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Ferguson vows to contain newly enriched Man City

Ferguson vows to contain newly enriched Man City

Manchester City's aspirations of global stardom do not concern Alex Ferguson, who just reflects on his 22 years as manager of Manchester United to remind himself that no obstacle is too big to be overcome.
While City has been flaunting its financial potency since new owners took over in September, the 66-year-old Ferguson just looks at containing his crosstown rival, managed by former United star Mark Hughes, as another challenge.
A victory in Sunday's Manchester derby would show that City hasn't been transformed just by breaking the British transfer record to sign Brazil forward Robinho in September. City, which hasn't won the title since 1968, is still eight points adrift of third-place United despite beating Arsenal 3-0 last weekend.
"There may be a different focus this time with the prospect Mark Hughes has got of money available and buying so many players in January, but that doesn't change our side of it or how we approach the match," Ferguson said Thursday. "And what level are they at at the moment? At this moment, it is still Chelsea and Liverpool sitting above us."
Just like he ended Liverpool's supremacy of the 1970s and 80s, Ferguson re-established United's might over Chelsea despite the threat Roman Abramovich's wealth posed in 2003.
After winning back-to-back titles, United has beaten Chelsea to the last two, plus a memorable victory in the Champions League final.
"Abramovich came in and bought all those players that summer and they won the league in the next two years," Ferguson said. "It was an immediate impact and what we had to do was sit back and accept this challenge.
"The one thing you can say about this club is that it can accept a challenge and do something about it and we had to do something about it or we would be second for ever more. We accepted it and fortunately we have won the last two league titles."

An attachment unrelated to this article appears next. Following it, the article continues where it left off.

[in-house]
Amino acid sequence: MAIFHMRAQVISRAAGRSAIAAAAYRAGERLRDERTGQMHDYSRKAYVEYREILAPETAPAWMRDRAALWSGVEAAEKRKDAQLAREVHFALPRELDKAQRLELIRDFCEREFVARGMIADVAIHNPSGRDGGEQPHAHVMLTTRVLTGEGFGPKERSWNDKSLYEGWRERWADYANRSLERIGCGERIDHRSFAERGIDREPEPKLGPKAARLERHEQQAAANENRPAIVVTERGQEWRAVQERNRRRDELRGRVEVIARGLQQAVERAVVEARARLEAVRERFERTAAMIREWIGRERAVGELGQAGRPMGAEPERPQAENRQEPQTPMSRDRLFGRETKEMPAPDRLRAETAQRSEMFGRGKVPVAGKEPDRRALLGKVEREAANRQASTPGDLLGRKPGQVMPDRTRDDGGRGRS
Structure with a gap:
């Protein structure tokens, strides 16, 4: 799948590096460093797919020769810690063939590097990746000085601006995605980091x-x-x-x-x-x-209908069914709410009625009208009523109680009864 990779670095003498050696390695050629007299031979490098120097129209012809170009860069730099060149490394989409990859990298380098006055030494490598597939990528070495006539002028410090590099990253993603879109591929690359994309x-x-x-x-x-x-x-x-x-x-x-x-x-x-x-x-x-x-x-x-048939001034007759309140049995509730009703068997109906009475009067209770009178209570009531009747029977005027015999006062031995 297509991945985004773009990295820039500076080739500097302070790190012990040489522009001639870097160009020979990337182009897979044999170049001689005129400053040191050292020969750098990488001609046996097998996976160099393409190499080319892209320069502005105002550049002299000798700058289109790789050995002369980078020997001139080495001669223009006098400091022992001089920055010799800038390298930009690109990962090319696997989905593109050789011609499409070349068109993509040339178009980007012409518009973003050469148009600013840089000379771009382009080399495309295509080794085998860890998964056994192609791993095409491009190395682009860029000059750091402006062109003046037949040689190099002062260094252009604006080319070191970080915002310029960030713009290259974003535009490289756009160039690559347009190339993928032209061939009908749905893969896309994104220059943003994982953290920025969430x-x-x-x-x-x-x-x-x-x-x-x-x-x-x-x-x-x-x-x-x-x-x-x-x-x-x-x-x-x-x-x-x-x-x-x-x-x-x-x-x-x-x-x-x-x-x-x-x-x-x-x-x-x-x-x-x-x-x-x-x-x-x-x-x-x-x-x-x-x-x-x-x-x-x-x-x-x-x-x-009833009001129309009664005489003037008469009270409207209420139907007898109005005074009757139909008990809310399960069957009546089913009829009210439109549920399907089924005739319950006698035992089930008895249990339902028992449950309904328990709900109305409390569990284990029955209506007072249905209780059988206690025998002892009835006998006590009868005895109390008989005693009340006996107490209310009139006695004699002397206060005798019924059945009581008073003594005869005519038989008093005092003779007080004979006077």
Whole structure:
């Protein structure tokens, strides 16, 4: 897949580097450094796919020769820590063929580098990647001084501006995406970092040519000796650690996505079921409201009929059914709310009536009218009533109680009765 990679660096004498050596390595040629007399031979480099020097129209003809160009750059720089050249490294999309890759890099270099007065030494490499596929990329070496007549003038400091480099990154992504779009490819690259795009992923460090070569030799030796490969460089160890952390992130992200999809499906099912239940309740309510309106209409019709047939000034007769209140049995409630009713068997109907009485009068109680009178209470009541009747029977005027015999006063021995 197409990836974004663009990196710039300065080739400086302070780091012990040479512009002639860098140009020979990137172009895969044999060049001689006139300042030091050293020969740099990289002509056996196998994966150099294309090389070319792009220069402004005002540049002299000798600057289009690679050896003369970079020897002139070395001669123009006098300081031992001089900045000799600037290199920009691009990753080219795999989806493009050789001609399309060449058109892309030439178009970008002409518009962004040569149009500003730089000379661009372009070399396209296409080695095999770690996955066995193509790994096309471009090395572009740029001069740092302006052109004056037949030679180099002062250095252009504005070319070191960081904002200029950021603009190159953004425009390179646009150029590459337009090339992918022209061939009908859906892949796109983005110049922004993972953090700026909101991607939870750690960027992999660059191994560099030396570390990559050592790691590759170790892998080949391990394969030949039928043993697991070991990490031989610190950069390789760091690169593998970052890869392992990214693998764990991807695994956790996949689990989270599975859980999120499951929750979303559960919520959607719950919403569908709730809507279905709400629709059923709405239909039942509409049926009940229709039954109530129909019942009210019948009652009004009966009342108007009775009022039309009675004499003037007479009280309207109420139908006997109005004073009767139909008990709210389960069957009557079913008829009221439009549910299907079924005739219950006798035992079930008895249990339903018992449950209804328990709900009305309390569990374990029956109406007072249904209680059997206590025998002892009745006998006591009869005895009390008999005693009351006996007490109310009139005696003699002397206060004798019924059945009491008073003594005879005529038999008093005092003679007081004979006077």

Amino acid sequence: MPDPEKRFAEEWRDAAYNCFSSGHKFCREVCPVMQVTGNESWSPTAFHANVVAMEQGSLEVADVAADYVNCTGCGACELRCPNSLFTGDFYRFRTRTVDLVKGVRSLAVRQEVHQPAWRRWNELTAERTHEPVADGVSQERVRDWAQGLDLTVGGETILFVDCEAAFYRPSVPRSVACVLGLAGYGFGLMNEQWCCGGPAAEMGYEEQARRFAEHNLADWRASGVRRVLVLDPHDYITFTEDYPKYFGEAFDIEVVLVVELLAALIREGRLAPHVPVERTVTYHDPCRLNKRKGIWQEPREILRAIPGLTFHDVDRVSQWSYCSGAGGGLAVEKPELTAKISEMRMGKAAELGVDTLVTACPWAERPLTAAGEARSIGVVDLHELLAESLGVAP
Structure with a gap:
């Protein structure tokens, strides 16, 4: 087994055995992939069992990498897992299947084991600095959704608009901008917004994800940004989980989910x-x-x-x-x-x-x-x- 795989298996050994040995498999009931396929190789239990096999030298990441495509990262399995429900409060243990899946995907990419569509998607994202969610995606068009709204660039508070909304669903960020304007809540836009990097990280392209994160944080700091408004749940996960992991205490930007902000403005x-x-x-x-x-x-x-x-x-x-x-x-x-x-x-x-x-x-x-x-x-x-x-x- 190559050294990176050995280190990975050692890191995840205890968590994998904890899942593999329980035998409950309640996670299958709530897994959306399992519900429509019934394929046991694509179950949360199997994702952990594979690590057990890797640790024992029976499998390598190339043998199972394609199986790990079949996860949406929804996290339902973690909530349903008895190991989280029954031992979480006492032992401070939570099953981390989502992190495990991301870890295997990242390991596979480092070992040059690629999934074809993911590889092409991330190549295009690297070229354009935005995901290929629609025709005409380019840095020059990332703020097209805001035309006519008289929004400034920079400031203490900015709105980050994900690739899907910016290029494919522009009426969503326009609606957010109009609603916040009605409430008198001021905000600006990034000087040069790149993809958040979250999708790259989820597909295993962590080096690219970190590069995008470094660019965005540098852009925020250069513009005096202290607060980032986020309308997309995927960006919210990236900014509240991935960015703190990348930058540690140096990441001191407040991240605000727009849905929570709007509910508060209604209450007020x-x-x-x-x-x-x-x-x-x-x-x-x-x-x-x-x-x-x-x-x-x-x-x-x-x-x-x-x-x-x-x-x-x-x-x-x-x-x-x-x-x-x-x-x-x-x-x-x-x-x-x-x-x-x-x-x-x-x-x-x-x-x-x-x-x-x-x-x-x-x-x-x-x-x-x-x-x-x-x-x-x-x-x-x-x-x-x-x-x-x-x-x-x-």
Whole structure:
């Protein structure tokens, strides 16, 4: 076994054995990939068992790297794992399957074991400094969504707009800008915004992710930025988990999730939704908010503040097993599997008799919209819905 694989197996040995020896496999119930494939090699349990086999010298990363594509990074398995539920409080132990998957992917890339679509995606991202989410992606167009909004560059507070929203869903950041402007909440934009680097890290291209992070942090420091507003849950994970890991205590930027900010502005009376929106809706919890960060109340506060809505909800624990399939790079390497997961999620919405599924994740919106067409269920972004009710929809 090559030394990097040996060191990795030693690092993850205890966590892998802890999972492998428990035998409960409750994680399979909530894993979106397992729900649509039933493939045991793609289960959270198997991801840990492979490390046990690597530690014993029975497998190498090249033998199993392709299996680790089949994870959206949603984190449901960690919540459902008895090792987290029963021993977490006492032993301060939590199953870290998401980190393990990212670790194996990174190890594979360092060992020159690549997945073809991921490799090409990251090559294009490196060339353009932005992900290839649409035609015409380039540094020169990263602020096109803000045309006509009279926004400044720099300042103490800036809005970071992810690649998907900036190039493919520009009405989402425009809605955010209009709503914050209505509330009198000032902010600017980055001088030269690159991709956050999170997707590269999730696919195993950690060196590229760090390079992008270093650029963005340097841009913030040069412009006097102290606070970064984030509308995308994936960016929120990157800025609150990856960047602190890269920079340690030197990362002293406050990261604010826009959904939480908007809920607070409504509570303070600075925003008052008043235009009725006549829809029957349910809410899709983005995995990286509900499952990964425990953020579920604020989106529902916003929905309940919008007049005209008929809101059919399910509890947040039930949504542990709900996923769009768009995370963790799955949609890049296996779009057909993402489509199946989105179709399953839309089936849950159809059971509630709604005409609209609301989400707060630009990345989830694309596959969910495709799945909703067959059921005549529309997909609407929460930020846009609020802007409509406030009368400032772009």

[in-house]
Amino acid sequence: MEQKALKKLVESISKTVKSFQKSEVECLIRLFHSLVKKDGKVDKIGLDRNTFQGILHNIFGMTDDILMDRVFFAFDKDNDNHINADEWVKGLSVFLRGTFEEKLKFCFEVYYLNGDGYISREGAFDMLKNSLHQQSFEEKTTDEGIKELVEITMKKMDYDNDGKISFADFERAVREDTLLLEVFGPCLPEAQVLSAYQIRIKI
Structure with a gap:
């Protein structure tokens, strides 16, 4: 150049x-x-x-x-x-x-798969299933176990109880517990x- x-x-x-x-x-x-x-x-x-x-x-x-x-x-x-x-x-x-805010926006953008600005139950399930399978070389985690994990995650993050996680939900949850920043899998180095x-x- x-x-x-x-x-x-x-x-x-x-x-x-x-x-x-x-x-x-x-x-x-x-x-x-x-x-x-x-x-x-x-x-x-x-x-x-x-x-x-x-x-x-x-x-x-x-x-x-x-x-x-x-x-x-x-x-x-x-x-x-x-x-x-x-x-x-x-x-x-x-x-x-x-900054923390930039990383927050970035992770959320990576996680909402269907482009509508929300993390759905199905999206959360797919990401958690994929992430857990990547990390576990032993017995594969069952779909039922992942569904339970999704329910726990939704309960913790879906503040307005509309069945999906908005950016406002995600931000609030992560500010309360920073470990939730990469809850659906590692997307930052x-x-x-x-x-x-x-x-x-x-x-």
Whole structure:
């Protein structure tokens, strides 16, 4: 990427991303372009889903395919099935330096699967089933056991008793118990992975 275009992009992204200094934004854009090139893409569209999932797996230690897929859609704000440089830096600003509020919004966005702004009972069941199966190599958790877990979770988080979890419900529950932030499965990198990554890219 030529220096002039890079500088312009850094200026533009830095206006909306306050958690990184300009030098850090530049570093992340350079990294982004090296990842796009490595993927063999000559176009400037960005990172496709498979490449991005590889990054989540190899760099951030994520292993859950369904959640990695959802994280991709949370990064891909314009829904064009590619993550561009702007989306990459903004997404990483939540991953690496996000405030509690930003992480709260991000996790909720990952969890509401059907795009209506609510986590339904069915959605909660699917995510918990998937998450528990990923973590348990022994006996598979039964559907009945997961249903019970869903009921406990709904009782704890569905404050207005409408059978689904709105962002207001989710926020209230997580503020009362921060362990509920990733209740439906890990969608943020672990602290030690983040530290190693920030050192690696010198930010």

Just splurging cash on the world's best players _ as City is capable of doing _ doesn't automatically create a title-winning side.
"In the case of Chelsea the money has worked," Ferguson said. "Their success rate has been good and they have kept up the top all the time. They are not spending money the way they did when they first came onto the scene and they have built up a very strong squad of players with very experienced internationals and they've coped with the situation very well.
"In some cases that doesn't work."
Under former manager Sven-Goran Eriksson, City enjoyed a rare double triumph over United last season _ before Thaksin Shinawatra was forced to sell out to Abu Dhabi United.
"We were unlucky in the derbies last season," Ferguson said. "You always hope in the big games that you have a shade of luck and we didn't have that last year. Perhaps that will come on Sunday."
Striker Wayne Rooney, who missed both losses against City last season, is gunning for revenge to reassert United's power.
"Even though we did win two trophies last season, losing both games was extremely disappointing," Rooney said. "It is a massive game for the players, the fans and the club _ especially after what has happened at City with the takeover.
"It will be nice to show them who are the kings of Manchester," Rooney added. "It doesn't irritate us that City are getting all this publicity. If they were winning trophies it would irritate me, but while they are still lingering in mid-table I am not really too bothered about it."


Updated : 2021-10-25 02:32 GMT+08:00